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Abstract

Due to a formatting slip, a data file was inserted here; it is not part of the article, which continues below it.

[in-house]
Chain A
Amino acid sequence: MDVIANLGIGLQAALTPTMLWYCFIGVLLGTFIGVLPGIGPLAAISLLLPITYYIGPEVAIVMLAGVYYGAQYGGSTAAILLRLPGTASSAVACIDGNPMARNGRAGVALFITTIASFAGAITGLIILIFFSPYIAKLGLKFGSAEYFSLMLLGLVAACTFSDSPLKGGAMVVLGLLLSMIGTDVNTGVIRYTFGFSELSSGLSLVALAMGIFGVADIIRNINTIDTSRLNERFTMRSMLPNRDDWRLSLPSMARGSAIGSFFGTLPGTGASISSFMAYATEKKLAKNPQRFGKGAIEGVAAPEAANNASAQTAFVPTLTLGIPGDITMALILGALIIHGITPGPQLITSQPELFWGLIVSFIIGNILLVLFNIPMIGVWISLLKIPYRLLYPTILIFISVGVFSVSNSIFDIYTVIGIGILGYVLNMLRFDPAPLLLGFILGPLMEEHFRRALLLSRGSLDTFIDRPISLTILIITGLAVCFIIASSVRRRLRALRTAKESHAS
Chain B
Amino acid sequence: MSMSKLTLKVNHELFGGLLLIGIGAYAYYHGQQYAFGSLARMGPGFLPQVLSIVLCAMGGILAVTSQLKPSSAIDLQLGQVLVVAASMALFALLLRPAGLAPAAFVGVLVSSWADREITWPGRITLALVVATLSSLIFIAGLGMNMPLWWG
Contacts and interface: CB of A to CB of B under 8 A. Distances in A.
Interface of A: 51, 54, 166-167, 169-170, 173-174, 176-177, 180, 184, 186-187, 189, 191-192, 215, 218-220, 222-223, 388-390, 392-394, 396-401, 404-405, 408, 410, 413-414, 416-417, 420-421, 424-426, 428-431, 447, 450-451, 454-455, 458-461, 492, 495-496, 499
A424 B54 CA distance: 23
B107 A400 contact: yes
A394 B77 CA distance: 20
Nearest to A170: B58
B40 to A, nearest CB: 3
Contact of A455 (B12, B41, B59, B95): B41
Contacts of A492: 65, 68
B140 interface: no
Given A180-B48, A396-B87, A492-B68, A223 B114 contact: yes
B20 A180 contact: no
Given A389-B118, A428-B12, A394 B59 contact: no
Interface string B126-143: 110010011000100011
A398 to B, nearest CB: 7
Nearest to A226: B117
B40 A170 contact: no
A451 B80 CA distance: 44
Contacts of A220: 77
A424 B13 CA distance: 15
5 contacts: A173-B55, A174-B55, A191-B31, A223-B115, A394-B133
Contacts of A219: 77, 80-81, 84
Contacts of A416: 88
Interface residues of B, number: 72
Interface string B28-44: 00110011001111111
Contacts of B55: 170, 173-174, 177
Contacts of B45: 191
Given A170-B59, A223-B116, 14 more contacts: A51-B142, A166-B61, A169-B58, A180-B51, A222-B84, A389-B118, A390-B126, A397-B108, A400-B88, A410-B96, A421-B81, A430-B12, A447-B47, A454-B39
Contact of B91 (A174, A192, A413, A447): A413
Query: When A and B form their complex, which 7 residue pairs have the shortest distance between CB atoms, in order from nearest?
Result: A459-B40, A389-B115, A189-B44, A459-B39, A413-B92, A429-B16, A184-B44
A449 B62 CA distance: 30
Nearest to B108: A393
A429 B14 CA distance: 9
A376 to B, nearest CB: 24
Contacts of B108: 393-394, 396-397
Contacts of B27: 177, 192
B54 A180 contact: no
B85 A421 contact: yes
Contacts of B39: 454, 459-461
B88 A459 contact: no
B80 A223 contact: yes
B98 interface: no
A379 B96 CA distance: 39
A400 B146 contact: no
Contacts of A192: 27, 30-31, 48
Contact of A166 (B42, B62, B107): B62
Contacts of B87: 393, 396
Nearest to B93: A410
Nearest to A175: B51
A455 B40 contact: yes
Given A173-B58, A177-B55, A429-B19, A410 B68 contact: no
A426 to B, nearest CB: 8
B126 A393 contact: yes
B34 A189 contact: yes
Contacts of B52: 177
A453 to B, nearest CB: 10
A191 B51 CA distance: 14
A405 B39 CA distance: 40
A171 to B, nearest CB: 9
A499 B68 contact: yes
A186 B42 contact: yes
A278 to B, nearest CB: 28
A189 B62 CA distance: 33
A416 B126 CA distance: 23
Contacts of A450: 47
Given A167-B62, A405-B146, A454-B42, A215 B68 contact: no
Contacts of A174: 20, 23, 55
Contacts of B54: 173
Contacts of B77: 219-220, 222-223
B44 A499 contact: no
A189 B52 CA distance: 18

Dyadic designs have been used in health research to investigate intra- and inter-personal mechanisms of health and well-being in various types of dyads, including parent–child dyads, siblings, friends, and romantic partners. Although a growing number of researchers are designing studies that capture the interdependent complexities of relationships, many still need more information on how to analyze the data in a way that maximizes its value. Therefore, the purpose of this review paper is twofold: (1) to address some of the ways in which dyadic data analysis is being used in current health research, with an emphasis on research that has employed the Actor-Partner Interdependence Model, and (2) to propose and explain various methodological and substantive considerations that researchers should consider when using dyadic data analysis in their own research.